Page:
Billionaires without relevant experience are unqualified to hold presidential office

President Donald Trump has put an unprecedented idea into his fellow billionaires’ heads: running a business qualifies them to run the United States. Former Starbucks CEO Howard Schultz became the most recent deluded example after he expressed interest in running for U.S. President.

Contrary to this new way of thinking, being a successful business person does not make someone suitable to be president. It is crucial that this idea is eradicated and the next person in office is properly trained and qualified.  

Trump prides himself in starting from the bottom. The million-dollar loan from his father played only a small role in that, of course. Trump, however, did not apply those hypocritical views into his run for presidency. Instead of starting off in Congress or at the state level, he decided to run for president, and much to the dismay of a large percentage of the American public, he won office. 

Howard Schultz also mentioned his humble roots as a poor kid from Brooklyn in hopes to gain him favor. His campaign can be compared to Starbucks’ food: looks appealing only from the glass window. 

Starbucks employees benefit from some of its progressive ideologies. Starbucks matches its employees’ 401K contributions. The coffee chain also pays the tuition for employees that have been accepted into Arizona State University, and because of ASU’s ample number of online courses, employees can earn their bachelors for little to no money. 

Starbucks’ generous incentives, however, only go so far. Employees are not paid a livable wage. On average, Starbucks pays its employees only $9.43 per hour.

The appeal for an outsider has clearly backfired. Trump was highly praised for his lack of connections in the government, but as the U.S. recovers from the longest government shutdown in history, the desire for someone with no experience has died down significantly.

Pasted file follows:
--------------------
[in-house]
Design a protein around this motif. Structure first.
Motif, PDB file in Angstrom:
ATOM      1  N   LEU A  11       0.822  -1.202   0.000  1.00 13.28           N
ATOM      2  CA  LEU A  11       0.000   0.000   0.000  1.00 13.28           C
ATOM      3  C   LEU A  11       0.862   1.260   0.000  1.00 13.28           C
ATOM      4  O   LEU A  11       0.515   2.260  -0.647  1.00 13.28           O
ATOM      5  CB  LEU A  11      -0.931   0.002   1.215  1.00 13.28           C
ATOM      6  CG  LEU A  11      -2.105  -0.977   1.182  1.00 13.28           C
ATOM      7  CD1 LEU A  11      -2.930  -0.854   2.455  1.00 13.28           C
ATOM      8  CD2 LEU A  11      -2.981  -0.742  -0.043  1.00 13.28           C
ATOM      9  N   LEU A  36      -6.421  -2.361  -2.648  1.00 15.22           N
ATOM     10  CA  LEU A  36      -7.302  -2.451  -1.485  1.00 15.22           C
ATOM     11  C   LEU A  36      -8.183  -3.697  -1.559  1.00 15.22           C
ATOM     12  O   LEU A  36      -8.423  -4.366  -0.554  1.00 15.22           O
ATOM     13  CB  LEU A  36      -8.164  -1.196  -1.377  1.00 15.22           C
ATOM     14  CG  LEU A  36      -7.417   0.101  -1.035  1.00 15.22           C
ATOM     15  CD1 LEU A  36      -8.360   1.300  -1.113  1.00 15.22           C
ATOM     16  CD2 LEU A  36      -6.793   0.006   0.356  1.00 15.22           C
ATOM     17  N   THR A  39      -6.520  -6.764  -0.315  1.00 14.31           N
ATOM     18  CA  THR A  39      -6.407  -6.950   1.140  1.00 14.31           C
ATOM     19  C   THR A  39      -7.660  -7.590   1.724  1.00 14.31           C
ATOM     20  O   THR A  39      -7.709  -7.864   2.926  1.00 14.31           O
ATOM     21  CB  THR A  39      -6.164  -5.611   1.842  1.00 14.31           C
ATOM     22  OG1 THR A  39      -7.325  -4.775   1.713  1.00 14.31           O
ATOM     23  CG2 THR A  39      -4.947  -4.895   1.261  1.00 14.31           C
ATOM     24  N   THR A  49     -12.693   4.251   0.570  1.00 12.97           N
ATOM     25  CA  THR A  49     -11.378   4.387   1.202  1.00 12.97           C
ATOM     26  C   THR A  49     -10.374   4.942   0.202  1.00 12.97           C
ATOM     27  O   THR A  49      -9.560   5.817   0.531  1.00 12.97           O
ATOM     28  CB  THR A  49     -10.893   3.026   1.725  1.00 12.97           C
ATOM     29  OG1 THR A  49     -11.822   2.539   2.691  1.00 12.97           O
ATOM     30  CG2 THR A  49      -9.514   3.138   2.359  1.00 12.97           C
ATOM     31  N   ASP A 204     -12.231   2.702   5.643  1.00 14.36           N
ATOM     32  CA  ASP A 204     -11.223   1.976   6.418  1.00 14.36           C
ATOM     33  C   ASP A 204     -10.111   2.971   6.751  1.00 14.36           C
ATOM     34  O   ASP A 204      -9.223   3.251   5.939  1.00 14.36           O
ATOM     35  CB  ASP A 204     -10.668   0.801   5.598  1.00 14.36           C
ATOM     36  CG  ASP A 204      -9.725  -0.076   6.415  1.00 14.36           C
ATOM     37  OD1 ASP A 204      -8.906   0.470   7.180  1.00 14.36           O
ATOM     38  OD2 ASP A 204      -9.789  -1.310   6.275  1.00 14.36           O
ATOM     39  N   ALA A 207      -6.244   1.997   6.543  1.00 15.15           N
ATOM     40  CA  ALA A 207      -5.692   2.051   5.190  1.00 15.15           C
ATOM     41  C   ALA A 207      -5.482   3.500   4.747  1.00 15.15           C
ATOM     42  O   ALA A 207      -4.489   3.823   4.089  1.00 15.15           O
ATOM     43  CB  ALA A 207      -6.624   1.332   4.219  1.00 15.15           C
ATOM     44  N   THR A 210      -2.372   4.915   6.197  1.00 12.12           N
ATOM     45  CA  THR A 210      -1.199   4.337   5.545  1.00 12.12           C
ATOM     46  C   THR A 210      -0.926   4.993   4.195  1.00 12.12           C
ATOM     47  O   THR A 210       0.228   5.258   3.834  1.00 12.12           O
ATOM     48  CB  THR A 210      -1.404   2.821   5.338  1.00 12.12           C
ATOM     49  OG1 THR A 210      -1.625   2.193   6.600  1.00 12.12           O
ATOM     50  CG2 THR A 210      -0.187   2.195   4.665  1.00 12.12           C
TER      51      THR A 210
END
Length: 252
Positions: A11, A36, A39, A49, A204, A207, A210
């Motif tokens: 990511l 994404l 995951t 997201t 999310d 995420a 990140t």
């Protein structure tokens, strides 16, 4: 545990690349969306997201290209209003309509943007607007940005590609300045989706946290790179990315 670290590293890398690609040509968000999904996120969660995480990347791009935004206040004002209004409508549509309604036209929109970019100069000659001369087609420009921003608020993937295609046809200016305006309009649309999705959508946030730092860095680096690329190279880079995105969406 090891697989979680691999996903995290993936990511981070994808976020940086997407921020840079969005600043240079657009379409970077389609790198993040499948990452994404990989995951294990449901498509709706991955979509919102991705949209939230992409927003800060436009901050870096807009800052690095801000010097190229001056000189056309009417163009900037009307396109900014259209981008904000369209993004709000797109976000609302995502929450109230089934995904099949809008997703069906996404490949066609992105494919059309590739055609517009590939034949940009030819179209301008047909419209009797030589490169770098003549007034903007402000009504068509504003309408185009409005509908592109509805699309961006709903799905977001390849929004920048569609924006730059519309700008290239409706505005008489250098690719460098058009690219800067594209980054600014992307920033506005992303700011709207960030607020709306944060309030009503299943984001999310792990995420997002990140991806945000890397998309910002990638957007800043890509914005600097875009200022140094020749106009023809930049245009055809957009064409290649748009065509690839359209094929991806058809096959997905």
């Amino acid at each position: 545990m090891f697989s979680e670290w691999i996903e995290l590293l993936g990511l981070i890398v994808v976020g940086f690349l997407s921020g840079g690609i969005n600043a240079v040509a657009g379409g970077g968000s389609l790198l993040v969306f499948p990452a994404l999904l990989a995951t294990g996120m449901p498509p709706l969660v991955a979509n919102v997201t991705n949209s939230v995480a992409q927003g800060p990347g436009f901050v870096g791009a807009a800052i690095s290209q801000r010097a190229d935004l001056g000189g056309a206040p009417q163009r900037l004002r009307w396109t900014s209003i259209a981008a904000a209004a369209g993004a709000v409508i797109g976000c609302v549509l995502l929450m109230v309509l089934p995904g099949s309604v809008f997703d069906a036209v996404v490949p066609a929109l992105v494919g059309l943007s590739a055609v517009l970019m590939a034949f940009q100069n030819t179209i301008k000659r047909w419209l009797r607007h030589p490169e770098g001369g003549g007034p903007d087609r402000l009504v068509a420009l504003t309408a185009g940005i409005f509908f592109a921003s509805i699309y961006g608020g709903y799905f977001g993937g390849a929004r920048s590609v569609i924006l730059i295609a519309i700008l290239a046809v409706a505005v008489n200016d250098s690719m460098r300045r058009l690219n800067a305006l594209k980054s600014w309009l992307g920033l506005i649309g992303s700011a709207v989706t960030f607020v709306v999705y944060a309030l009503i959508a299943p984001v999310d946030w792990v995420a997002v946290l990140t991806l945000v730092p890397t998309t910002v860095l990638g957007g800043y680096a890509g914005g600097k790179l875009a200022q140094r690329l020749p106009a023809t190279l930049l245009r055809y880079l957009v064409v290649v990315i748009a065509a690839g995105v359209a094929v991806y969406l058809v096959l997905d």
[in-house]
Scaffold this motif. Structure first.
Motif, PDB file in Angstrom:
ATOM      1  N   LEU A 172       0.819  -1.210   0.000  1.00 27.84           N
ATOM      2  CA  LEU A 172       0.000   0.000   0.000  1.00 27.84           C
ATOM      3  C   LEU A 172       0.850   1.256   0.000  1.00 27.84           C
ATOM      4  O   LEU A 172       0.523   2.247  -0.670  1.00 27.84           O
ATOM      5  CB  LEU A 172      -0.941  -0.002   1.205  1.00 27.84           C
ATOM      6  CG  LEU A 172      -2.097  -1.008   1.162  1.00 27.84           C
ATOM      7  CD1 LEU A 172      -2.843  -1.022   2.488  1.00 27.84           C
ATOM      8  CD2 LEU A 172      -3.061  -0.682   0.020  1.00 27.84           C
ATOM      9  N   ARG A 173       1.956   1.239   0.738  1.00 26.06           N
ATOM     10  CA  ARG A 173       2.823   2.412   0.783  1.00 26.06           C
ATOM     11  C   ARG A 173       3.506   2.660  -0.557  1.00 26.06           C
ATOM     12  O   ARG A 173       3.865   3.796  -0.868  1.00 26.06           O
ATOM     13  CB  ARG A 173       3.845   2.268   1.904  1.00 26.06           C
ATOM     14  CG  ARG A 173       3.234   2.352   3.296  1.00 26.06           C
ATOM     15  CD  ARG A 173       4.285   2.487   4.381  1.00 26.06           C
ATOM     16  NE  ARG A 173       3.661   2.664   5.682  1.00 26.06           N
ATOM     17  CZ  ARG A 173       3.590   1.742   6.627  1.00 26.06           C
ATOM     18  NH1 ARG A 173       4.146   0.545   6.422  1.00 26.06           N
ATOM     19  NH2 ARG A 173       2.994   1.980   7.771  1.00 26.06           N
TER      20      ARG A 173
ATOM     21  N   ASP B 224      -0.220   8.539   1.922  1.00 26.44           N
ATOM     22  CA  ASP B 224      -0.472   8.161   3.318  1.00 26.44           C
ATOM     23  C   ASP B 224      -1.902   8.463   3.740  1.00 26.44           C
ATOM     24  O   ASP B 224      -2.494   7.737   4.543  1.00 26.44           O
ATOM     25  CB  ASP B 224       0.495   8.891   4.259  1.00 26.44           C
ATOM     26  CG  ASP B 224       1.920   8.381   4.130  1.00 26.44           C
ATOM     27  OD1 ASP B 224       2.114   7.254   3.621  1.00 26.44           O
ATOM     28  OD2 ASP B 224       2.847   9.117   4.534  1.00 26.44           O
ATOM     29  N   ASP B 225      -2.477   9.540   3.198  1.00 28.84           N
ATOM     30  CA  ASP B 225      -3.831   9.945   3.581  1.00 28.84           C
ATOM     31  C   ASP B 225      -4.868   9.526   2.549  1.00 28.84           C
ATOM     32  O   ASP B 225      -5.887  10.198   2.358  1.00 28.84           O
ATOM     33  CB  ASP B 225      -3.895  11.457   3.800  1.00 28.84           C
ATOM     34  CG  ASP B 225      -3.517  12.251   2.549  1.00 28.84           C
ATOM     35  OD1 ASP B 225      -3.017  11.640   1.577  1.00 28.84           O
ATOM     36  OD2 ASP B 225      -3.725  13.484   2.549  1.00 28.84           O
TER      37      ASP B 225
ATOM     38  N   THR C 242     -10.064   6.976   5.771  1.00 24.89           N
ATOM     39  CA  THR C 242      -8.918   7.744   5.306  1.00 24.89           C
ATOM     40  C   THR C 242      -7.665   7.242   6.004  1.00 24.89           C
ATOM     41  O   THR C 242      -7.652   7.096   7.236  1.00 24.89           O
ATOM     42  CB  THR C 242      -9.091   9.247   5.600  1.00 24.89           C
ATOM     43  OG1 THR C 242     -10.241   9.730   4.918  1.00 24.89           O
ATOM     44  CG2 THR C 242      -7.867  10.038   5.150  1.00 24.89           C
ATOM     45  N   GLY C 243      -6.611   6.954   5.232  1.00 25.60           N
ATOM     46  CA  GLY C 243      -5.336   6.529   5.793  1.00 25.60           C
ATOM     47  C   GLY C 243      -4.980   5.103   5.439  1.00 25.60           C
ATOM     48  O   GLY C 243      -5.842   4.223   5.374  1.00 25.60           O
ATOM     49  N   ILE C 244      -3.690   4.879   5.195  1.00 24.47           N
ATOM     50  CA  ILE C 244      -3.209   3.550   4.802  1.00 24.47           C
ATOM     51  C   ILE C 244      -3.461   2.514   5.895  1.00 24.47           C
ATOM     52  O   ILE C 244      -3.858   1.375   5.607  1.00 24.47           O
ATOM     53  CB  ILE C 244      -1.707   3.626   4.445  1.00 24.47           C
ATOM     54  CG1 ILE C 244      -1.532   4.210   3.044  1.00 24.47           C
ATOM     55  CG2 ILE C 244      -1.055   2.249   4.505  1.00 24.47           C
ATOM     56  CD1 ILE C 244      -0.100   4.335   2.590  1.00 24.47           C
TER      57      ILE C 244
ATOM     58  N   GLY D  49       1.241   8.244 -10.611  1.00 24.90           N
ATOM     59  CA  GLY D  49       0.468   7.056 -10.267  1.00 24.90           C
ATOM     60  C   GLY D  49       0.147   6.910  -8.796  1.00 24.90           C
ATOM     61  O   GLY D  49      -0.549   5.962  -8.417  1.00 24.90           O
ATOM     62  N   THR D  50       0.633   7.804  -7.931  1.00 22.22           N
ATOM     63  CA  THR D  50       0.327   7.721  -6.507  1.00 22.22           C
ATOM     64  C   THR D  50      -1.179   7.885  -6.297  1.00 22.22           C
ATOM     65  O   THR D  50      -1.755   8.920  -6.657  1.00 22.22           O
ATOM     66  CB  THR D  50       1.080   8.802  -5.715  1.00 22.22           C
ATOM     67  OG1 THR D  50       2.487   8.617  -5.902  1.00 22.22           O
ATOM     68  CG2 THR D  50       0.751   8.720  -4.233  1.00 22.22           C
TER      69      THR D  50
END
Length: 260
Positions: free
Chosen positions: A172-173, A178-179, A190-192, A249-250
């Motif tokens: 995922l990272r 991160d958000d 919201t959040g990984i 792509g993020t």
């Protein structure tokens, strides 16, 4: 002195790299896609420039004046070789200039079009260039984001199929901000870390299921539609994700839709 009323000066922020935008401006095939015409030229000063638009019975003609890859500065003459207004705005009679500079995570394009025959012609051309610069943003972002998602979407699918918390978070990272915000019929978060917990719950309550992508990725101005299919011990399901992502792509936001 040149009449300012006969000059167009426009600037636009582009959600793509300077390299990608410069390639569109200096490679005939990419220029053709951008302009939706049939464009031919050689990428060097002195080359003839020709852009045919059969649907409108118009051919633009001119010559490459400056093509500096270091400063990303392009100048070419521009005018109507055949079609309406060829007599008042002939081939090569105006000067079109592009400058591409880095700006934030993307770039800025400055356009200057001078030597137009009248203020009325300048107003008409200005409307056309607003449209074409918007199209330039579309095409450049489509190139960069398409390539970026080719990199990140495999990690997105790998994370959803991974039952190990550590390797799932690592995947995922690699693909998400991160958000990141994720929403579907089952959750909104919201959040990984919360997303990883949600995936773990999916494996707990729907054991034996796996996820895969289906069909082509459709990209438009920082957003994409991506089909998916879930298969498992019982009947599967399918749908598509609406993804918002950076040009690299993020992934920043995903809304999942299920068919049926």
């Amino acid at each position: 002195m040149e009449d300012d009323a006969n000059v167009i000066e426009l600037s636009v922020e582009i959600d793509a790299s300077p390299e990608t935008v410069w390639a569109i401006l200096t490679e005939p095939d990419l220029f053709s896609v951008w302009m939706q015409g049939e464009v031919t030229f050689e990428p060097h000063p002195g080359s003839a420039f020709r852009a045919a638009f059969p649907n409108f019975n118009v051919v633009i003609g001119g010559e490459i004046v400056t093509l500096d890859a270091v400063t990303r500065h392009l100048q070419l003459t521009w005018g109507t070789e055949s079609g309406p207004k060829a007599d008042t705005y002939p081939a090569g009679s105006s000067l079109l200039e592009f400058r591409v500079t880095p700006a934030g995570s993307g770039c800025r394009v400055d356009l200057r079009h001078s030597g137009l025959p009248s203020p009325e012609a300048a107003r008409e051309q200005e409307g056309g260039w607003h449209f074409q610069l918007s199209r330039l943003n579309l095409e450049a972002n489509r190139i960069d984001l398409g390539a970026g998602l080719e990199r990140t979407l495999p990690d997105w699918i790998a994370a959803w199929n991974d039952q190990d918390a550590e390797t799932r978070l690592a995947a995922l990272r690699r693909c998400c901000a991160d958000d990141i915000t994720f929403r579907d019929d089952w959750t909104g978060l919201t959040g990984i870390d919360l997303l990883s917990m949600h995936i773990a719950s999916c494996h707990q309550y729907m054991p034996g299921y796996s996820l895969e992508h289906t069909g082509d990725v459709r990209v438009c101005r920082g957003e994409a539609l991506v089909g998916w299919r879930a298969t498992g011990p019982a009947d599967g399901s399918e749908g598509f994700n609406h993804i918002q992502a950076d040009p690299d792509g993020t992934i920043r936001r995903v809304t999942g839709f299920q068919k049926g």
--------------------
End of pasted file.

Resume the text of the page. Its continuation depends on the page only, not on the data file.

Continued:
Schultz has already shot down the proposal for a 70 percent tax rate on income over $10 million, which would undoubtedly affect his own interests. This shows that his concern is not for fair taxation but for himself and the top 1 percent. This view would not bode well with Democrats, so Schultz has stated that he would run as an independent. 

If Schultz runs for president, there is a possibility that Trump will be reelected because the votes against him could be split. Former New York City mayor Michael Bloomberg has declined running as an independent for president in 2020 based on that same fear. 

“In 2020, the great likelihood is that an independent would just split the anti-Trump vote and end up re-electing the President,” Bloomberg said in a statement on his website. “That's a risk I refused to run in 2016 and we can't afford to run it now.”

Other billionaires that decide to puff their resumes with a presidential candidacy should consider the consequences. If their goal is to better the American government and life for the American people, then they should start within their own companies. Paying workers a livable wage is a start—although a very small one. They should also consider the effects of another four years under the Trump administration, and the inevitable tantrums and government shutdowns. 

Schultz should realize that running for president is not another hobby. He could take up knitting or baking if he needs to, but becoming president should not become another notch in his belt.